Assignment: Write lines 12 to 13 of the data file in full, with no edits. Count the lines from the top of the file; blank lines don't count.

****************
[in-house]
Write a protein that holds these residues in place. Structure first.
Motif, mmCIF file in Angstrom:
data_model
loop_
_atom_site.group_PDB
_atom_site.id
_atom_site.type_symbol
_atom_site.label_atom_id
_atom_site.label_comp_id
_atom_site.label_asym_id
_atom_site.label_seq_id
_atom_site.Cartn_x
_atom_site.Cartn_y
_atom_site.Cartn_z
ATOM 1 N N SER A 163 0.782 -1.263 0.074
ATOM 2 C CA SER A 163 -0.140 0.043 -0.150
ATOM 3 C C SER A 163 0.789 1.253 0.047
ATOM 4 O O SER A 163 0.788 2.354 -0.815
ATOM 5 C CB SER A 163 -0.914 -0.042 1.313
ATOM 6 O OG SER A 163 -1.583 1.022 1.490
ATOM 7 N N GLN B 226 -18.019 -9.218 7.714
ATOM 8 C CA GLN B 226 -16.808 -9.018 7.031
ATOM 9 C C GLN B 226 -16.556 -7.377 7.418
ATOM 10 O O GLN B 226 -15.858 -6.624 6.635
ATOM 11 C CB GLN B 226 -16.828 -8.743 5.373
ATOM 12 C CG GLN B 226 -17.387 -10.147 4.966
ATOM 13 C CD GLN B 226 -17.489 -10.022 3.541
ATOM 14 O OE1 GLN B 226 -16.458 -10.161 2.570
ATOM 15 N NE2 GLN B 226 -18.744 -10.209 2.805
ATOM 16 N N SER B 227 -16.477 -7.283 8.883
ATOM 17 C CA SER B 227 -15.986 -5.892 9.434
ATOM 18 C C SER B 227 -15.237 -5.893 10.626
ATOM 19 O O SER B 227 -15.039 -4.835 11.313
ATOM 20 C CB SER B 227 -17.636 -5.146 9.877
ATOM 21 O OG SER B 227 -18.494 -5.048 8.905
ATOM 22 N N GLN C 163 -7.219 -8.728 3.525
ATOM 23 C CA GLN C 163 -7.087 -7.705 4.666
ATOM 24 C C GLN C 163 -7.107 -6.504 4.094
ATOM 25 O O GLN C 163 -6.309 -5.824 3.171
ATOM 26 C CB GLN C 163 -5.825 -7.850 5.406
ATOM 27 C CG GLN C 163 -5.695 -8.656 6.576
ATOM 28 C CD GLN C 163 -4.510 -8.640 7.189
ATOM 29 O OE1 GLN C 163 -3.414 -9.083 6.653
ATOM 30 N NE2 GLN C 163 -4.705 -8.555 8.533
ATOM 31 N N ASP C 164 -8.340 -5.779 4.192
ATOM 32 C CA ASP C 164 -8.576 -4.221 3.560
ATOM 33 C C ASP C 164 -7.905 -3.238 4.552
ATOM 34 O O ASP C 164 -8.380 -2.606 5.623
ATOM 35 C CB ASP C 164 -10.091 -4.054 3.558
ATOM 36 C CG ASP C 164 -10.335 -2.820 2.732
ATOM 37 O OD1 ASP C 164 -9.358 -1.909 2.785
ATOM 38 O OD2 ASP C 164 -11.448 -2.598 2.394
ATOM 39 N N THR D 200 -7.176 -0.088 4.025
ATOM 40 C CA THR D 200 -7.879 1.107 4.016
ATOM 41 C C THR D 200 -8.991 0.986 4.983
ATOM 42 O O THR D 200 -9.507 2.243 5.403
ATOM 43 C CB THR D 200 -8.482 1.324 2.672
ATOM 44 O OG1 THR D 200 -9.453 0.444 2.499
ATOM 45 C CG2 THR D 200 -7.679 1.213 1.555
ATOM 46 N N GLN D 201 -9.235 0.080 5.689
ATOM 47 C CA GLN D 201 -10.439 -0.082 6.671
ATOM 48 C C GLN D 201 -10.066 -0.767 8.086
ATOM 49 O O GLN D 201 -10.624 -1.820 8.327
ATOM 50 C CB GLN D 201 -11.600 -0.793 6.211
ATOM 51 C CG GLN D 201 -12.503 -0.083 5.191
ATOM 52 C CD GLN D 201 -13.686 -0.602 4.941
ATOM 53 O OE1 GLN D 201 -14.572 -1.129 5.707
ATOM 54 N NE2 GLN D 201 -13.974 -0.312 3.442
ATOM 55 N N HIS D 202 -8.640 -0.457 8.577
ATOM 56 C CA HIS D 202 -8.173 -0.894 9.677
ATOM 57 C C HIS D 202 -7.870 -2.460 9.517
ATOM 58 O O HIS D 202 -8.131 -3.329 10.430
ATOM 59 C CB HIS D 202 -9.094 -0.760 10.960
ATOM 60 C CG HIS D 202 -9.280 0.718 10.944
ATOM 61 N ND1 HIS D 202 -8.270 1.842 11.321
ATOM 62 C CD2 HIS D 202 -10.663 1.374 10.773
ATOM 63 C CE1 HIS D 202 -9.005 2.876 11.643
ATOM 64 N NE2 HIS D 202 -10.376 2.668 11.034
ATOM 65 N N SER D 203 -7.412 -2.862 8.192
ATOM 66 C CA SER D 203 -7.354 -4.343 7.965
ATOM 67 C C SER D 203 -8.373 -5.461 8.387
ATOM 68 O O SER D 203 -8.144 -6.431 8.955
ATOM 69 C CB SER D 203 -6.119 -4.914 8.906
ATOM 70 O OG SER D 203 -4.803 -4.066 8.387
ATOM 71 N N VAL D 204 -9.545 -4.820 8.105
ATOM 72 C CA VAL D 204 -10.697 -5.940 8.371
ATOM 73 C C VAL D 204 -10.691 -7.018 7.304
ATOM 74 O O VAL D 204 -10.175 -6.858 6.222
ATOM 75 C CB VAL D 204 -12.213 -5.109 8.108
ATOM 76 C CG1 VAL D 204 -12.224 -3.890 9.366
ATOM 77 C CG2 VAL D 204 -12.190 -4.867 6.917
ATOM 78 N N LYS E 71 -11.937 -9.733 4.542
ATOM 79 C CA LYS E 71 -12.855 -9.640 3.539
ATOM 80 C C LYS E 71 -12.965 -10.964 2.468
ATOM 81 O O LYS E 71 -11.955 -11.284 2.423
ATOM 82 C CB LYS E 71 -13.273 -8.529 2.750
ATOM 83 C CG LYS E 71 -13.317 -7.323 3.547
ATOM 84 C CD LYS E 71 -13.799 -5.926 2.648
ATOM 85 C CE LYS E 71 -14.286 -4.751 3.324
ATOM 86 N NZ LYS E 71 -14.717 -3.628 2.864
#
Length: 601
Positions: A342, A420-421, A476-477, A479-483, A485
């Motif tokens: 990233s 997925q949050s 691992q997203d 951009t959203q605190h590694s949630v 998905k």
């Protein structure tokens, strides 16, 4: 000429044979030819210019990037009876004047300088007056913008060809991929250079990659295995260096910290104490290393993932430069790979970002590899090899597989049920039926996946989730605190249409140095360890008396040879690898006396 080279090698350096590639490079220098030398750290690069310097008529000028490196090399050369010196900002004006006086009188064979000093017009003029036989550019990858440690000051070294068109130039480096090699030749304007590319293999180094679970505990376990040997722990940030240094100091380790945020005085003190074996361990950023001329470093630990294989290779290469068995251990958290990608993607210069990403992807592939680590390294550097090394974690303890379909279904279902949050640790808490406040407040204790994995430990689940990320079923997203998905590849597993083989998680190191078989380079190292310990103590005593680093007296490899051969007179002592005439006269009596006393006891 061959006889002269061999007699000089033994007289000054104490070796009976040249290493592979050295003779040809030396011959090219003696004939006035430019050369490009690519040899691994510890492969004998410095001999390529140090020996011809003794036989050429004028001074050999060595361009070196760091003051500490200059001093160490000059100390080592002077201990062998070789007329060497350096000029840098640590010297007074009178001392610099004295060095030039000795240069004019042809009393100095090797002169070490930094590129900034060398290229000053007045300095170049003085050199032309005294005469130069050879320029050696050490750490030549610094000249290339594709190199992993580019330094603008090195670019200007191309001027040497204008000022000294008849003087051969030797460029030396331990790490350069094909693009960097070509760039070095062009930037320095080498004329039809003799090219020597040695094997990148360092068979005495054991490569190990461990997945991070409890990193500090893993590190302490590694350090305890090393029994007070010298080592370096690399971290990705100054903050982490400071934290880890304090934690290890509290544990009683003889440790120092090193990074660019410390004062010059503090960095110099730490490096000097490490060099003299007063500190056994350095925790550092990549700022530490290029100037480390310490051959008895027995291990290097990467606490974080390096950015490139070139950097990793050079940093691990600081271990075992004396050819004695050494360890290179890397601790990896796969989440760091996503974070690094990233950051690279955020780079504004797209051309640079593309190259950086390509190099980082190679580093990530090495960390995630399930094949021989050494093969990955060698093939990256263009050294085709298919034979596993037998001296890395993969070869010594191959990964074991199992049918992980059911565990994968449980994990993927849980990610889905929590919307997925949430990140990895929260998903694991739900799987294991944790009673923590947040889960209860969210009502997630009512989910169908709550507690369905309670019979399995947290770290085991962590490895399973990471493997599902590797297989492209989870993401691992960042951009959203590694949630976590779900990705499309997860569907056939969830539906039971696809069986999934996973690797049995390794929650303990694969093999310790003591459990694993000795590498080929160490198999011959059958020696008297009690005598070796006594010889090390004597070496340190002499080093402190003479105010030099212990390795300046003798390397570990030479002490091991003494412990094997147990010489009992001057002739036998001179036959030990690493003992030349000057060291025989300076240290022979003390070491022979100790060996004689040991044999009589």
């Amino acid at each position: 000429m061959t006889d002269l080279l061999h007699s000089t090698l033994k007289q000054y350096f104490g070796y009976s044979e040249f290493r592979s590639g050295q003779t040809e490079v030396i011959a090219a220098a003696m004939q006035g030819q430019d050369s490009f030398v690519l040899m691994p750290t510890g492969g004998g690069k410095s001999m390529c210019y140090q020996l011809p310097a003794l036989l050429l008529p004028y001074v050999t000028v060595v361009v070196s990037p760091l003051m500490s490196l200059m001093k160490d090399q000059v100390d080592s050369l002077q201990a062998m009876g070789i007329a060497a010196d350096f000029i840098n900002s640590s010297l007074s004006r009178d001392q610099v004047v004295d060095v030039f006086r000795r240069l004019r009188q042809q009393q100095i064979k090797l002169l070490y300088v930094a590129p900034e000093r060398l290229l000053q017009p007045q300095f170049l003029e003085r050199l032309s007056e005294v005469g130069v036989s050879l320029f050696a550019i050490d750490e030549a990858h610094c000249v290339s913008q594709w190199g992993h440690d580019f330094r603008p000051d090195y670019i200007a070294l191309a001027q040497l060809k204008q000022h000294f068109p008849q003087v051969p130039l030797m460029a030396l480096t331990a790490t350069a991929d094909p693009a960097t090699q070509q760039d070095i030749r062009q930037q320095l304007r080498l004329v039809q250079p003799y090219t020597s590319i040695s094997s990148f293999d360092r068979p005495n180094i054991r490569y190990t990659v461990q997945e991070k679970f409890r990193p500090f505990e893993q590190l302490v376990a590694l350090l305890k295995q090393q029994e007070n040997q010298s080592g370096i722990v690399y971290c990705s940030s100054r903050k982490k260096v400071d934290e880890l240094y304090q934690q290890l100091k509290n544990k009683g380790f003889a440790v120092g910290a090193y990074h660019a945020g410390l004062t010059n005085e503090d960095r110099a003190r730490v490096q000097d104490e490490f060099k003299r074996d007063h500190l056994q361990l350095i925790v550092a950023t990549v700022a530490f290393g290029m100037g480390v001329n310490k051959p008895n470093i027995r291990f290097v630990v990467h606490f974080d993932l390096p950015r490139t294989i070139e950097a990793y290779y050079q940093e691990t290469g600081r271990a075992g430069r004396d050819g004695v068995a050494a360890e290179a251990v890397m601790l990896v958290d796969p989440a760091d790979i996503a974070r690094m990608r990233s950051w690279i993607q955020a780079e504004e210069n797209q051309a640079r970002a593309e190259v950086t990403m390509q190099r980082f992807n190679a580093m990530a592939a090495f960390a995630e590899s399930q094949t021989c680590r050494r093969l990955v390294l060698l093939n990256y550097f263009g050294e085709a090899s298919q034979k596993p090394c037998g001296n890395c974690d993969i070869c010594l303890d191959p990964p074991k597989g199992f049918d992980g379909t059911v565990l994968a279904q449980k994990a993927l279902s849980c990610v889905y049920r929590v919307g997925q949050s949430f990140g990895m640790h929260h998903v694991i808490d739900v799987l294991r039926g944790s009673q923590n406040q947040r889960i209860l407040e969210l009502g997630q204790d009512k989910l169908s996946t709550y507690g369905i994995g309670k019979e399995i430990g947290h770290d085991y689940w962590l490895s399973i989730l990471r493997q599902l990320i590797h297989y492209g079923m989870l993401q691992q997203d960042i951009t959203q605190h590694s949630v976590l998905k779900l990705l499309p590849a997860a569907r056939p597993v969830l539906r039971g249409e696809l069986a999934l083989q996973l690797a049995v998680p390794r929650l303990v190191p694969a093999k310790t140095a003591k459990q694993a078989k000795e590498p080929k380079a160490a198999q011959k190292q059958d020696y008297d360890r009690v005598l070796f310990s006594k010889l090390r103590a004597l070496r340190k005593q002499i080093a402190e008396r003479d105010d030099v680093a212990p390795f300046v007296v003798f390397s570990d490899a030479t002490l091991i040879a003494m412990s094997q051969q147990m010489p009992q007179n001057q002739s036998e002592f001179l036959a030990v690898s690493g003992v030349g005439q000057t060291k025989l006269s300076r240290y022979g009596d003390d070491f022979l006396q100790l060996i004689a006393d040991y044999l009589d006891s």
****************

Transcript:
_atom_site.label_seq_id
_atom_site.Cartn_x